An Actor Reflects: The Intricate Choreography of Colonial Hong Kong

posted by Anna Ishida, Bay Area actor and Shotgun Players ensemble member 

In December, First Look, A.C.T.’s program for new-play development, hosted celebrated director, choreographer, writer, and multimedia artist Ping Chong for a workshop of Bright Eye of the Moon, a new theater piece commissioned from Chong by A.C.T. A theatrical adaptation of a short story by 20th-century Chinese writer Eileen Chang (also author of the story that inspired the film Lust, Caution), Bright Eye follows Ge Weilong, a teenage schoolgirl in colonial Hong Kong, as she is led by her decadent Aunt Liang into a world of extravagance and vice.

Chong rehearsed his script with a cast of local and out-of-town actors that included A.C.T. core acting company member Jack Willis, Conservatory Director Melissa Smith, and second-year M.F.A. Program student Christina Lorenn Elmore. The cast delved into the intricacies of the script, with Ping revising the text each night based on the day’s work and on discussions with A.C.T. Resident Dramaturg Michael Paller. Under Chong’s direction, the actors also explored the rich physical life of two key scenes: a moment early in the play when Weilong (played in the workshop by Zoe Chao) petitions her estranged aunt (played by Jade Wu) for help to stay in Hong Kong when the rest of her family moves to Shanghai, and a later sequence in which Weilong surrenders to the seductive affections of George (played by Dion Mucciacito, who appeared at A.C.T. in Boleros for the Disenchanted), the layabout son of an influential family.

The four-day workshop culminated in a private presentation for A.C.T. staff, trustees, donors, and a delegation from San Francisco’s Asian American Theater Company. Bay Area actor and Shotgun Players ensemble member Anna Ishida played Aunt Liang’s scheming maid Ying Ying; we asked her to tell us about working with Ping Chong at A.C.T.
— The A.C.T. Intern Blog Quadrumvirate

In early December I got the news from [A.C.T. Artistic Associate] Carly Cioffi that I’d been cast in the workshop of Ping Chong’s new play Bright Eye of the Moon at A.C.T.

Upon entering A.C.T.’s sixth-floor 99-seat theater, I was greeted warmly by fellow actors I'd seen or worked with in my years here in the Bay Area and by new faces from places such as San Diego and New York City.

Ping sat at the head of the table in an unassuming grey hooded sweatshirt with the sleeves rolled up, revealing beautiful, slender forearms and fingers that conducted his ideas to the group as he spoke. On the second day of the workshop, [Artistic Director] Carey Perloff stopped by to give Ping a vigorous hug and several rubs of his closely shorn head—a very sweet moment.

Ping had created a rich and complex world for the actors and the audience to enter into. To get a “feel” for the era in which Bright Eye is set, he showed us movies that featured family politics and class/status in a “traditional” 1930s–1940s Hong Kong home, as well as cultural and societal dynamics in the Shanghai public/private sphere.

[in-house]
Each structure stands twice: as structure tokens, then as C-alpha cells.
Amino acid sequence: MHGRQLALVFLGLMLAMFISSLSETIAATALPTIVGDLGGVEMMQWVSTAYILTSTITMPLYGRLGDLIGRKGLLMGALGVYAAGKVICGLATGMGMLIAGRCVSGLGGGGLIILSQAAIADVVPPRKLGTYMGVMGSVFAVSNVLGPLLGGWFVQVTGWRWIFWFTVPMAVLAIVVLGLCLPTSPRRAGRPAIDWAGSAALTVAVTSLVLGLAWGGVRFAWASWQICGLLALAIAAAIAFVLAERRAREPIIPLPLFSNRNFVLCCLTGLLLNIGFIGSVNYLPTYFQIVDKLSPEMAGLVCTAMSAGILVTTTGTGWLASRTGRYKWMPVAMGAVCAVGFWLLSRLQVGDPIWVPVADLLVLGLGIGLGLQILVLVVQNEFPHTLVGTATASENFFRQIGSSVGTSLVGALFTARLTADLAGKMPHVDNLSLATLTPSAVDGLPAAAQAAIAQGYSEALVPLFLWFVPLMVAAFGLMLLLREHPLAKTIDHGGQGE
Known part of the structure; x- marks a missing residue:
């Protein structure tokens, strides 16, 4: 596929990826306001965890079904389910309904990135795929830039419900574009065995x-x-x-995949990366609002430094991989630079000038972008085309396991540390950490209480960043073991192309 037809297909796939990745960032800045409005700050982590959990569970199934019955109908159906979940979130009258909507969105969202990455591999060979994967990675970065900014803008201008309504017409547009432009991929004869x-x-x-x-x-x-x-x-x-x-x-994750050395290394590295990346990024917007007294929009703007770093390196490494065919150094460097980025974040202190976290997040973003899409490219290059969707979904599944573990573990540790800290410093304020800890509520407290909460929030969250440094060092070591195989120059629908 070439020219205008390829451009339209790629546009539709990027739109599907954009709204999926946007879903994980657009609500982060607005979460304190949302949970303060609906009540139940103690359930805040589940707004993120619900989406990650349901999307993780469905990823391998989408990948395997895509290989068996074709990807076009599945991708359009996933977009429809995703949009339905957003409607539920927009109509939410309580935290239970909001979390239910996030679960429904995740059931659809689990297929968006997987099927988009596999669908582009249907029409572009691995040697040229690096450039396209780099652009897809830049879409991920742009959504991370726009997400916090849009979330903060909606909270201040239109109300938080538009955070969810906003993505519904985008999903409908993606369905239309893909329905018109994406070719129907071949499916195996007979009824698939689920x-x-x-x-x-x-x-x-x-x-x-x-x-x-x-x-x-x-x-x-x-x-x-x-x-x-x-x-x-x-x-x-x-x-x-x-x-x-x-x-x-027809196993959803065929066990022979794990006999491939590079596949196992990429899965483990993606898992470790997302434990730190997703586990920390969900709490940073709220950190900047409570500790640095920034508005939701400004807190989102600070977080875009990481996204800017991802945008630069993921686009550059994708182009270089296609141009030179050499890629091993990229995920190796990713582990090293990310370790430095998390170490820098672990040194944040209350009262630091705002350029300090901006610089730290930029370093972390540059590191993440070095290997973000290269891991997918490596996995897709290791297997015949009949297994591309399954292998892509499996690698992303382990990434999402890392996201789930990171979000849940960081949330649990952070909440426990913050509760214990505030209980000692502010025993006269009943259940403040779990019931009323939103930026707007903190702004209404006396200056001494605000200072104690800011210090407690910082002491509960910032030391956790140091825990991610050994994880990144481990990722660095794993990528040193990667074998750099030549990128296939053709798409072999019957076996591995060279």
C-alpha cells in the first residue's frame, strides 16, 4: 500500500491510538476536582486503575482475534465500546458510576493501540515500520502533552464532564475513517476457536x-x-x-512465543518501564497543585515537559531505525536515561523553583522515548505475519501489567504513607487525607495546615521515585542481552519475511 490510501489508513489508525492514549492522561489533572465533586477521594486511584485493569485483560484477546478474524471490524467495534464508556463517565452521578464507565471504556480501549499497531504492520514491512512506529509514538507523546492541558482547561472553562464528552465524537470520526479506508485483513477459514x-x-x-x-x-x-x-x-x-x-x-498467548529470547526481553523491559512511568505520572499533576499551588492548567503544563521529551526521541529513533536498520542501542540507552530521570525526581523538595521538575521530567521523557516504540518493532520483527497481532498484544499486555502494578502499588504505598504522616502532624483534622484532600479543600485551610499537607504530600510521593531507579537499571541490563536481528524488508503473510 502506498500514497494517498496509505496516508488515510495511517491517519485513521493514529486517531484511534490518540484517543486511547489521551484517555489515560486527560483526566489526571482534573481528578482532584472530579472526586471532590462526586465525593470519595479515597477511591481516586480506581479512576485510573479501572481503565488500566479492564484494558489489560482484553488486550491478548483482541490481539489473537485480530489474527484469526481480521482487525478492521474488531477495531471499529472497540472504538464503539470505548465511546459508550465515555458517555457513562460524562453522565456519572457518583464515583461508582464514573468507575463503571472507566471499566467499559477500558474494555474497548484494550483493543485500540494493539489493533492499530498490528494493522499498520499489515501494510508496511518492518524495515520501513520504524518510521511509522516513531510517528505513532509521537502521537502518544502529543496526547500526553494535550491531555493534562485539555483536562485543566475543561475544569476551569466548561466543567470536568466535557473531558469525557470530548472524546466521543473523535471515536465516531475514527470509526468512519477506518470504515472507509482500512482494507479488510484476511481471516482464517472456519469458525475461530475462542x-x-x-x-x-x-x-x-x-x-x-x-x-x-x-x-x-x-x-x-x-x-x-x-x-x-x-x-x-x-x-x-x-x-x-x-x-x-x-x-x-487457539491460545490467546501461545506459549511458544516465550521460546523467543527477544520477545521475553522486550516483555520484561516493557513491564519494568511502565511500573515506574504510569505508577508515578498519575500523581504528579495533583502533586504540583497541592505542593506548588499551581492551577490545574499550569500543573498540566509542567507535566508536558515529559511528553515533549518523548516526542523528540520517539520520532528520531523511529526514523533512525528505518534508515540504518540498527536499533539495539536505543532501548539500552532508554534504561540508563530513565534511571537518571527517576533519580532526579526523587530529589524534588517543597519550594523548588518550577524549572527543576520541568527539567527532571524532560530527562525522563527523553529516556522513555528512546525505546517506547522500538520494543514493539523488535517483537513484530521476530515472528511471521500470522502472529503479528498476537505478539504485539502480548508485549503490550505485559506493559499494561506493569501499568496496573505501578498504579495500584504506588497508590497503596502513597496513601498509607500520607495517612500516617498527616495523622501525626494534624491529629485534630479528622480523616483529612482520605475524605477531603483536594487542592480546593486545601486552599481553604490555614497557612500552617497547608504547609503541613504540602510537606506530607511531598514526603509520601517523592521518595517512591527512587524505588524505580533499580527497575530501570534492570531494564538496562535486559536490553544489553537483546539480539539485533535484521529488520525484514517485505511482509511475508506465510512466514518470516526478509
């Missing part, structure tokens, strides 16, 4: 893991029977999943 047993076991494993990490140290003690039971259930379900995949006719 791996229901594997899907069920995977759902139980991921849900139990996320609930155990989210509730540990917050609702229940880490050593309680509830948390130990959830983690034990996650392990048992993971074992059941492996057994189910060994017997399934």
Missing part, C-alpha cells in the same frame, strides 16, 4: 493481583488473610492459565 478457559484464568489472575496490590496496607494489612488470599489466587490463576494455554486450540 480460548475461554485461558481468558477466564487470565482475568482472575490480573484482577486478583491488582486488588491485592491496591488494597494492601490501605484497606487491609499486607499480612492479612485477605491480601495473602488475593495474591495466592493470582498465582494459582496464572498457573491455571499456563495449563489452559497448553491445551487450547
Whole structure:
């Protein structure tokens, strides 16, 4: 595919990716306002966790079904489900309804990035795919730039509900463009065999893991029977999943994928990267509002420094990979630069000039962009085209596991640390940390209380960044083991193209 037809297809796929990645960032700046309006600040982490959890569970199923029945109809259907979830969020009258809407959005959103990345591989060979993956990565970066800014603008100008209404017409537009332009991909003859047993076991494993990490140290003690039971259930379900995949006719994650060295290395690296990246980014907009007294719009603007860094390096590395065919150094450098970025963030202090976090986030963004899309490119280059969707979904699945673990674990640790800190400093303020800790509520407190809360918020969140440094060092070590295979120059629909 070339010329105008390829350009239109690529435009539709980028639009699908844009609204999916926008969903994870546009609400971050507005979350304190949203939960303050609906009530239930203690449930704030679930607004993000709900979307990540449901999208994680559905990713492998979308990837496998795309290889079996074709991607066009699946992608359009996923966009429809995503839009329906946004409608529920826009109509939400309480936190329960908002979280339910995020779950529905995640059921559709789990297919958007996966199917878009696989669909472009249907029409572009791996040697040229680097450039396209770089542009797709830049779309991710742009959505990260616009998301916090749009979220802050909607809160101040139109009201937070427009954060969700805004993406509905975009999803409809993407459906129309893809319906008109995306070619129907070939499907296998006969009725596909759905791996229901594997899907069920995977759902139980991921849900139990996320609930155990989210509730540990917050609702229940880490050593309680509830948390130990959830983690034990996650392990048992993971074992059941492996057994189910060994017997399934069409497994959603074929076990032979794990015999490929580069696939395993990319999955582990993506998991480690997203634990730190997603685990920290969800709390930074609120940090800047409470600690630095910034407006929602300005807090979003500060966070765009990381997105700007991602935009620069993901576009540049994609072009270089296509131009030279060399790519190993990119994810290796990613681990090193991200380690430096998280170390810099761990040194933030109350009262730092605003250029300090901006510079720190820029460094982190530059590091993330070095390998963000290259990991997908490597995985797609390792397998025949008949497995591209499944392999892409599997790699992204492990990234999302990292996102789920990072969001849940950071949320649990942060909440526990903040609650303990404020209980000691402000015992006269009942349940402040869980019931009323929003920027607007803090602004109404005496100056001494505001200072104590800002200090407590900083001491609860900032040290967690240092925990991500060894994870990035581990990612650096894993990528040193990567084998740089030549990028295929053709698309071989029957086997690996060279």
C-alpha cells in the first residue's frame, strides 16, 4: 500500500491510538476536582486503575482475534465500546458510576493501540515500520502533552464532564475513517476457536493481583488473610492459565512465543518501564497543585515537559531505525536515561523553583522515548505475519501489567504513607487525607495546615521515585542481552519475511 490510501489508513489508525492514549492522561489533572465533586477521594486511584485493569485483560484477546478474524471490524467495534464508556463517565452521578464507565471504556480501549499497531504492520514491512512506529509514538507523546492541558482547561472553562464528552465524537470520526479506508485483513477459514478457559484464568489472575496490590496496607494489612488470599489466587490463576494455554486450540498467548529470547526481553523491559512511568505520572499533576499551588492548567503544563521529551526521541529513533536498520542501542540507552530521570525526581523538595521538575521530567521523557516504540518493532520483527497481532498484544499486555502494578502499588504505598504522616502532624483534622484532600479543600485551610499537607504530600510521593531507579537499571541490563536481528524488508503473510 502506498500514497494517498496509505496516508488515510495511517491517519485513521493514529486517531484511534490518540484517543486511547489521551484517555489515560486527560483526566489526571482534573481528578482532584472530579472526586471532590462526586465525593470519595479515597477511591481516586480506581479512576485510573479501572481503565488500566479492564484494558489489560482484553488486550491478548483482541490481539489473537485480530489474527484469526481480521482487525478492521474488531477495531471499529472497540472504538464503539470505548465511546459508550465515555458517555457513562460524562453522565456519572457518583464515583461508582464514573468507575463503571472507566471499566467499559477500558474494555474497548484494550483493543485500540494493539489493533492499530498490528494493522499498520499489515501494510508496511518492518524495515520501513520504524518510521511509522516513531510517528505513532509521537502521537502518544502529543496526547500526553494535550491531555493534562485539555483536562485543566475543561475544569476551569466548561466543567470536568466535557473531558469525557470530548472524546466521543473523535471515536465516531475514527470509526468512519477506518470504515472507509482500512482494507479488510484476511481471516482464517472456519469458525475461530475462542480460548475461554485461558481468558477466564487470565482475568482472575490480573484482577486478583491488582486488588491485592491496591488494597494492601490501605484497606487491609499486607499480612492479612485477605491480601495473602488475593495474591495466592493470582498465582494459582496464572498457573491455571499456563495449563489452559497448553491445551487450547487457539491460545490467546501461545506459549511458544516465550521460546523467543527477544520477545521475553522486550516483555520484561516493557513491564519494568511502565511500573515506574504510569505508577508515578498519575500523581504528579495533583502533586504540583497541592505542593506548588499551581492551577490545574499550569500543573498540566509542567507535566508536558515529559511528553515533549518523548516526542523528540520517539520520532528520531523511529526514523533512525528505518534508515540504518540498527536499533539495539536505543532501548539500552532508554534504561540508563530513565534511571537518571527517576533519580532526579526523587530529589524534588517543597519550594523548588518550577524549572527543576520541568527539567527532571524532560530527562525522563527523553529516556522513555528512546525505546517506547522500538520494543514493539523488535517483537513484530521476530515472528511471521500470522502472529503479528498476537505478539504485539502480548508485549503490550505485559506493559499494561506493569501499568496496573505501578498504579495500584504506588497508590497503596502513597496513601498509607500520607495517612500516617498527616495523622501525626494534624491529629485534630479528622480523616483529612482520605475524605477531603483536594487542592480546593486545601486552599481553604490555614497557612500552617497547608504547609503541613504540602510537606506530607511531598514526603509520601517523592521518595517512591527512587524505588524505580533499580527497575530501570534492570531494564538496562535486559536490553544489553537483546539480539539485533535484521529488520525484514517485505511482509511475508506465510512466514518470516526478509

Bright Eye is adapted from a short story written in the ’40s by Eileen Chang called “Aloeswood Incense.” It was interesting for me to work on a piece that is adapted from a piece of literature, and interesting to think about the difference between an Asian piece written by an Asian playwright and an Asian story told in a Western voice. Ping’s direction was very much like intricate choreography: “Light the cigarette and take a long drag before you give the other character your decision,” or “Turn your body a quarter turn before you proceed with the next line.” His stage directions paint lush environments in Hong Kong, which was at that time under British occupation and soon to experience the upheaval of war.

In the work of Wilde, Shaw, and Austen, societal constructs/constraints are often the source of conflict for the protagonist. Ping’s work similarly gives audiences a vivid perspective of Hong Kong during a time of huge cultural divergence: metropolitan/cosmopolitan Western influence vs. the traditional/conservative “Chinese way.” The generational differences of womanhood and self-reliance are beautifully played out between the young female lead character and the ostracized auntie she solicits for help.

The audience at the final reading very nearly filled the house. I had to leave immediately as the applause ebbed to catch the BART back to Berkeley, in order to make the call time for the show I was performing in—but still it was a lovely, lovely experience. Merry Christmas to me!

Actors read a scene during the workshop's final presentation: 
(L to R) Nonoko Sato, Christina Lorenn Elmore, and Anna Ishida.

Jade Wu (center), as Aunt Liang, lingers over a cigarette during one of the presentation's 
staged scenes. Behind her, (L to R) actors Dion Mucciacito, Keiko Carreiro, and 
Michael Uy Kelly follow along in their scripts.

Dion Mucciacito (George) and Zoe Chao (Weilong) play their love scene.

Photos by Zach Moull

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